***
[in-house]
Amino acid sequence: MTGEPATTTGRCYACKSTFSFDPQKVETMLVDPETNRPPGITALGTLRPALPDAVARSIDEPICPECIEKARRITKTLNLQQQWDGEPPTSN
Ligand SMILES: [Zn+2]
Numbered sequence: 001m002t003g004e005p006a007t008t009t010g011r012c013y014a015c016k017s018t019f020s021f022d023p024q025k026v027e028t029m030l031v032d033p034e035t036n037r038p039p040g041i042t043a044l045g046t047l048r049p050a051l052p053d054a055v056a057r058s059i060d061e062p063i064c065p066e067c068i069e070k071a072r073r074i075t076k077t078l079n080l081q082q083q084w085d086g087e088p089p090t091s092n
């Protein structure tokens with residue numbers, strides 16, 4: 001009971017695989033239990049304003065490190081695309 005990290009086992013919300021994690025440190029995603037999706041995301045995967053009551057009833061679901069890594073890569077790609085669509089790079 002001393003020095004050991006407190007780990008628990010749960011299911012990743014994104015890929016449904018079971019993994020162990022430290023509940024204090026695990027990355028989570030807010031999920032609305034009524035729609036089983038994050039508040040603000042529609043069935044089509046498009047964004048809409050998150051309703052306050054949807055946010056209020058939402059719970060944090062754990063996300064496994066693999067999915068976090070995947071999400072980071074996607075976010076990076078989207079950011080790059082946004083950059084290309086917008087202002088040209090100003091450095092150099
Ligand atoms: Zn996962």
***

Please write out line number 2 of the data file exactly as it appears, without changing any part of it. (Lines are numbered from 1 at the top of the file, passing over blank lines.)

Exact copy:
Amino acid sequence: MTGEPATTTGRCYACKSTFSFDPQKVETMLVDPETNRPPGITALGTLRPALPDAVARSIDEPICPECIEKARRITKTLNLQQQWDGEPPTSN